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Ankur Singh
Ankur Singh

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*Beginner Friendly* Version control using `git`


Welcome 👋 to this blog. Did you hear about version control and want to learn more or do you think version control is the difficult thing? Then this blog is for you and believe me, at the end of this blog you get the basic idea of version control and you also got some hands-on experience on version control using git.

Let's get started 😇

Let's talk about it in some general way. Suppose we are graduation students and currently pursuing our graduation. One day in our class Professor give us homework and give us a timeline of 1 month. That means we have to submit the homework after 1 month. As all of us have other subjects to study we can complete the homework in pieces of chunks e.g. do a small portion of homework each week.

You start working on the homework and make a file say homework.txt and start working on it and come again in next week, open the file and notice there is some mistake in the homework.txt so decided to make a new file say homework1.txt and continue your work again. And the process going on. After the homework, you may end up with this type of file structure.

file structure

You will feel how hard it is to keep an eye on each file e.g. which files have which type of content. That makes a lot of headaches for us. If there is some version control technology that helps us to keep track of the file changes then it will be very easy for us to manage our homework file. Then git will come into the picture, it allows us to keep track of our files.


Git is an extensively utilized version control system that developers employ to track and manage files within large projects, particularly when multiple developers are collaborating.

To install git into your computer go to here.

  • To confirm the installation of git, run the following command
$ git --version
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This command will return the version of the git installed on your computer.

Initialize a git in the folder

Create a new folder and name it say folder and open this folder in your favourite code editor. Open the integrated terminal of your code editor.

Note: Please confirm your path, the path may be something like that /Desktop/folder based on your folder name.

Then create a new file say homework.txt (Our ultimate goal is to complete the homework 🤣). Then it is time to initialize the git. Go to integrated terminal and run these commands

$ git init
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Output is like: Initialized empty Git repository in /home/ankur/Desktop/folder/.git/
This means you have successfully initialized git in your folder 🙌
This command creates a .git folder on the same hierarchical level where you run your command. Run this command to verify that the .git folder is present.

$ ls -a
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Note: git status is a command which helps us to tell the status of our folder or directory or repository e.g. In which files our changes(addition or deletion) has happened.

git status output

Adding a file to a staging area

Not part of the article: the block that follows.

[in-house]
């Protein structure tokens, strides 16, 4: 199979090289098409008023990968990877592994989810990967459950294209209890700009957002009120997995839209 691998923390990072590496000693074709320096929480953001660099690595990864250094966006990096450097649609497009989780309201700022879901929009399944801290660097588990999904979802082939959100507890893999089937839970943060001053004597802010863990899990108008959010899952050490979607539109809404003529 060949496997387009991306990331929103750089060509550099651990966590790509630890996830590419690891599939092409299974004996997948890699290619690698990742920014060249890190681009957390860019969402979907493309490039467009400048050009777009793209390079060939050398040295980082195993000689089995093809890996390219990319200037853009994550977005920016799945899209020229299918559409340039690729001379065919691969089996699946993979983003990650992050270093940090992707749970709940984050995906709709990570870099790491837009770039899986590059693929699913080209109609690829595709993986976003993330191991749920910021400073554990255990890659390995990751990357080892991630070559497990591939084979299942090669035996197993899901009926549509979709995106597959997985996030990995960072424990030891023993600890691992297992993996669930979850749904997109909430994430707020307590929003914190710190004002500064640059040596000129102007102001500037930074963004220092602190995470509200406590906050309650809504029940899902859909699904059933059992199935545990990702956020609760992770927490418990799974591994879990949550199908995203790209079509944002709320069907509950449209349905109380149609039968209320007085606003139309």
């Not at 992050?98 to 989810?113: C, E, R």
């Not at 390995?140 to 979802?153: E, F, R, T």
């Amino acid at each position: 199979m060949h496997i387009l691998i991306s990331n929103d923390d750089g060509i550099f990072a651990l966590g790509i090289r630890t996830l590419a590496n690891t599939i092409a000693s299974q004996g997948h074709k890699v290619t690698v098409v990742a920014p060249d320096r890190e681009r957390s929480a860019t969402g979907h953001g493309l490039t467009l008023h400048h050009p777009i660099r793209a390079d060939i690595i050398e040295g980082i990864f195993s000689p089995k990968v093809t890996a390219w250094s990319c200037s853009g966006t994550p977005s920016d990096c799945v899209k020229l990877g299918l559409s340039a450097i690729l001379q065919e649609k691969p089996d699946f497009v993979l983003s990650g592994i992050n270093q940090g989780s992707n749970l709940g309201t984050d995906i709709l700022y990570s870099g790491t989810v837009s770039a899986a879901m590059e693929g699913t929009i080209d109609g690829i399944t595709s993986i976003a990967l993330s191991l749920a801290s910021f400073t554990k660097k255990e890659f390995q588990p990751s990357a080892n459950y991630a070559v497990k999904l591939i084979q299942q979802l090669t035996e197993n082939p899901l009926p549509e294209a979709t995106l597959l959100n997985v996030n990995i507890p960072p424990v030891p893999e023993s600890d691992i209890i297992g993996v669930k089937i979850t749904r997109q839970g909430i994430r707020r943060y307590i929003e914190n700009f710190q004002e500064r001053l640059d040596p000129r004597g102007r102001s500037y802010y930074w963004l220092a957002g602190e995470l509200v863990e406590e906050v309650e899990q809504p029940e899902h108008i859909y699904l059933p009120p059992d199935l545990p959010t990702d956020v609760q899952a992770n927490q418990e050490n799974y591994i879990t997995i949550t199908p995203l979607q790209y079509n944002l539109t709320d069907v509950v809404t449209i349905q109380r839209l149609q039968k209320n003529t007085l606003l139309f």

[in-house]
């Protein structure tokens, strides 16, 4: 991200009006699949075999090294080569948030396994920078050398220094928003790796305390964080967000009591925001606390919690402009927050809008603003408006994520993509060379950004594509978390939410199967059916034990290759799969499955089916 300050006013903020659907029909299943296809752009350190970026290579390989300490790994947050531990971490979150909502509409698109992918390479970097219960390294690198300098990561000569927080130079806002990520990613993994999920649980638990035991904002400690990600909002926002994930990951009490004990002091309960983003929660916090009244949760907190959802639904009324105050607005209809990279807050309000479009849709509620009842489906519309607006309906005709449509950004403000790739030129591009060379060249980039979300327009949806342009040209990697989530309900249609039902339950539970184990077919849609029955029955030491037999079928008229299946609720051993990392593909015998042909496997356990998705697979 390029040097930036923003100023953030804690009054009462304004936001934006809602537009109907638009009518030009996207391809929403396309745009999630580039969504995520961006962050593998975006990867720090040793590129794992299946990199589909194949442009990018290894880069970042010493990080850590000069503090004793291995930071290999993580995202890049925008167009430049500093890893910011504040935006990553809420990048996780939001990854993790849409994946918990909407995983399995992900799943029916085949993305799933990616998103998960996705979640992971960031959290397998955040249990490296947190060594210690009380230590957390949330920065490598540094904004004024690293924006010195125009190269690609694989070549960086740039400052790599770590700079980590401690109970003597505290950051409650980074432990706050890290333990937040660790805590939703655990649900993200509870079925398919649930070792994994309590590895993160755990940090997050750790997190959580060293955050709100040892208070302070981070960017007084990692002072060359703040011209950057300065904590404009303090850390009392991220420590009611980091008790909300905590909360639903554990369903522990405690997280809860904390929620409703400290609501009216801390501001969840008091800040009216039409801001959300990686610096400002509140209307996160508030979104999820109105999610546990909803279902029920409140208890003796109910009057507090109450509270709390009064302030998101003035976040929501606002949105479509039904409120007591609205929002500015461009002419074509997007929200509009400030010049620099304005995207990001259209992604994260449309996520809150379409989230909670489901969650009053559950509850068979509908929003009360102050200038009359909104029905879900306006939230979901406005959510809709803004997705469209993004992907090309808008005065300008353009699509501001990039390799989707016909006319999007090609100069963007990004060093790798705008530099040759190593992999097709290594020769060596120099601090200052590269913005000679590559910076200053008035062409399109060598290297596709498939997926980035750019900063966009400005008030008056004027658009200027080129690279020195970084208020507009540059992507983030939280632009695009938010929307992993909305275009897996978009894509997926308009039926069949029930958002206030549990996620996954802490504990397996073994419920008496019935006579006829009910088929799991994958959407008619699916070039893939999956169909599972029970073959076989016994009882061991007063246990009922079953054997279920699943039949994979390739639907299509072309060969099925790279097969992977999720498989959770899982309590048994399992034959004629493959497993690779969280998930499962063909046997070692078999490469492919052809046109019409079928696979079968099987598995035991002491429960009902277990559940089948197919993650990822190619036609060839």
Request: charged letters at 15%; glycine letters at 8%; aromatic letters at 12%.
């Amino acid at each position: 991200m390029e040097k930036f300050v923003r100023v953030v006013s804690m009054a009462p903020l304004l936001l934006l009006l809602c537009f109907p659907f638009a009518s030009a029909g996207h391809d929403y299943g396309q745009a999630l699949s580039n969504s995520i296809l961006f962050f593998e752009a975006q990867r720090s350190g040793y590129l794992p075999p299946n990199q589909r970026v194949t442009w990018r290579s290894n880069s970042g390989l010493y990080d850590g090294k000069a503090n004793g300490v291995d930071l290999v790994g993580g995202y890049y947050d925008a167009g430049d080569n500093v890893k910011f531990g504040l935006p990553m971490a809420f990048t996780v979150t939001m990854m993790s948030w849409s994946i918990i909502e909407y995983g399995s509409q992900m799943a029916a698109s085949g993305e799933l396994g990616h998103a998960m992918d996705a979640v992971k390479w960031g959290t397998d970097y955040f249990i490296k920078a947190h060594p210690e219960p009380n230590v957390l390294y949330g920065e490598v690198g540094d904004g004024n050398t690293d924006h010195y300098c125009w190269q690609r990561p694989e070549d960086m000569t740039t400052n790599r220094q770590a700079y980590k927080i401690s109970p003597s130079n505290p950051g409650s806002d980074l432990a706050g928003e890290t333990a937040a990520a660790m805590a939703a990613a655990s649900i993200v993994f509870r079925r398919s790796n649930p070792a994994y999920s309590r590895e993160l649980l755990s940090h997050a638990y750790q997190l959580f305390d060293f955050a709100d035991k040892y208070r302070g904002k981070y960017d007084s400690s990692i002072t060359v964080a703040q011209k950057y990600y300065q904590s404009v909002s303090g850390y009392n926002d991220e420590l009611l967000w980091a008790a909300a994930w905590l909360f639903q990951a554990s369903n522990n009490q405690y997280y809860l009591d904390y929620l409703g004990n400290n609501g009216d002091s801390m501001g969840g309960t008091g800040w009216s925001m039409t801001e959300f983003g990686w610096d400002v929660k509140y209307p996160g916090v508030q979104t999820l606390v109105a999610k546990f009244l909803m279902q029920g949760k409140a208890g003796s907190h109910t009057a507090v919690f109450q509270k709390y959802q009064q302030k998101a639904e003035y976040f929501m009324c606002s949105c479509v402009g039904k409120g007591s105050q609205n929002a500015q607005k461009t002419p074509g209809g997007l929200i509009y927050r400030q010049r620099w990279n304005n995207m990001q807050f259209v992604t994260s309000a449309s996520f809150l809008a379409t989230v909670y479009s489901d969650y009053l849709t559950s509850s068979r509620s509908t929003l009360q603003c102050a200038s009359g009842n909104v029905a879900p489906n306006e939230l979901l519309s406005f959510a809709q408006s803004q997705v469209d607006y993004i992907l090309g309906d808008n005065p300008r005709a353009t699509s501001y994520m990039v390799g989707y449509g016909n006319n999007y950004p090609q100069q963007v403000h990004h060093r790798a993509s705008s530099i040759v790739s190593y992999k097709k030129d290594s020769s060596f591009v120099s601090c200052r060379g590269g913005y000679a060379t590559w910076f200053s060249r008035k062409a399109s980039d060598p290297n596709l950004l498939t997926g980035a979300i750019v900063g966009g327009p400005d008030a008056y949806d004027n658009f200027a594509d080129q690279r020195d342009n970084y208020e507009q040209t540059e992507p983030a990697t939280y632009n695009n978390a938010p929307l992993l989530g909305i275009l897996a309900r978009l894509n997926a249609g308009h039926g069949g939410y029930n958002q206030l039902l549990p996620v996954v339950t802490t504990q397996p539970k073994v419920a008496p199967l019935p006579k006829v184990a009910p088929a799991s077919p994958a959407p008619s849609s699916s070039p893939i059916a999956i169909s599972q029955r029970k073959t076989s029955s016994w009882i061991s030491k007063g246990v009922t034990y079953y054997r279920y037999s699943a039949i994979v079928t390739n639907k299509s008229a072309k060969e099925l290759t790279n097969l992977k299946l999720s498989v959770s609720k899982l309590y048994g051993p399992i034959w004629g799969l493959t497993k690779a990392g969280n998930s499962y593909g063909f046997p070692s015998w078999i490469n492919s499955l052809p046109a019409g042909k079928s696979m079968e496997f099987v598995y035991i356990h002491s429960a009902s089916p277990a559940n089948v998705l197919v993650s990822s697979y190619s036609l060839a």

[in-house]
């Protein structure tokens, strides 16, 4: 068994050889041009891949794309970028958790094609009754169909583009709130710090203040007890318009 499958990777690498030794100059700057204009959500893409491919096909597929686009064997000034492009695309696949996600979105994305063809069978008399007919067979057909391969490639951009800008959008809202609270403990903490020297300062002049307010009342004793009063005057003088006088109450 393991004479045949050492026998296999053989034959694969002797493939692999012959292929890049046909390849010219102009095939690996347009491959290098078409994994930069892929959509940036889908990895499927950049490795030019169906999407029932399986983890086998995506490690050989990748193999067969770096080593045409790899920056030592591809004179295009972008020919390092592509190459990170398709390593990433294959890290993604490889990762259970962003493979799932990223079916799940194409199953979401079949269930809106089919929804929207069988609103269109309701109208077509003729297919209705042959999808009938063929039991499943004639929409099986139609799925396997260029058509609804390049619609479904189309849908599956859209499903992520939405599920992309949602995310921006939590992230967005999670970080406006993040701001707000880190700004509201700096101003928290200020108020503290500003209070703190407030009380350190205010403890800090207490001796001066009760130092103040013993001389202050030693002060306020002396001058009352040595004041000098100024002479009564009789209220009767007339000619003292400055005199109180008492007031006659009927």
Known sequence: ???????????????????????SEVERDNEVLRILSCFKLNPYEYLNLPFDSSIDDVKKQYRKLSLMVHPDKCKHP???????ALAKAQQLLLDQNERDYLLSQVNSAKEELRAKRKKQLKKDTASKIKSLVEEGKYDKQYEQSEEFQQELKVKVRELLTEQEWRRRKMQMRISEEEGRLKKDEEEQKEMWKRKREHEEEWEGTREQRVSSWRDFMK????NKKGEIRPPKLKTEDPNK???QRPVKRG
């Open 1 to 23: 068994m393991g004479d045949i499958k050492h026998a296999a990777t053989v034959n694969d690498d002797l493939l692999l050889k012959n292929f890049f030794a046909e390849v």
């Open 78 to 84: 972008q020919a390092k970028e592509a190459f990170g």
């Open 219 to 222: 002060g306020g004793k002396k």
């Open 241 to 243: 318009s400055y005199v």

The next step is to add a file to the staging area. By staging area I mean you can suppose this as a place where you can keep track of all kinds of changes in the file. To add a file to the staging area run the command

$ git add <FileName>
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In our case git add homework.txt. After running this command our homework.txt file was added to the staging area. Now any changes can be tracked.

The output of git status is followed after running the command

git status output

Adding commit

Adding commit simply means save the changes with a message. This helps us to maintain a good history of change in our folder or directory or repository.

To add the commit run the command

$ git commit -m "your message"
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-m - this is a message flag
your message - replace this with any message you want

git commit output

Here I am going to write in the txt file and make some commit. This can be done in the following steps

  1. Make the changes
  2. git add <FileName>
  3. git commit -m "your message"

Here is the pictorial representation what this look like

pictorial representation

If you run the command git log It will basically print out the log of all commit with commit hash you can refer commit hash to unique identity to each commit message.

git log output

**If you are reading till now then I appreciated your dedication 🫡

Revert or switch back to any previous commit

This is the most important part of version control. Suppose you want to go to version v1 version 1 of the commit then you can go there with a simple one-line command for that git checkout <commitHash>

You can find the hash by running the git log command and copying the hash you want to go back to.

git log output

And then run the command. Like this


git checkout output

This is how you can get into the past via commit hash.

You got it 🤩

You have learned about the fundamentals of version control in this blog. Thanks for reading till the end. If you have any feedback, the comment section is yours.

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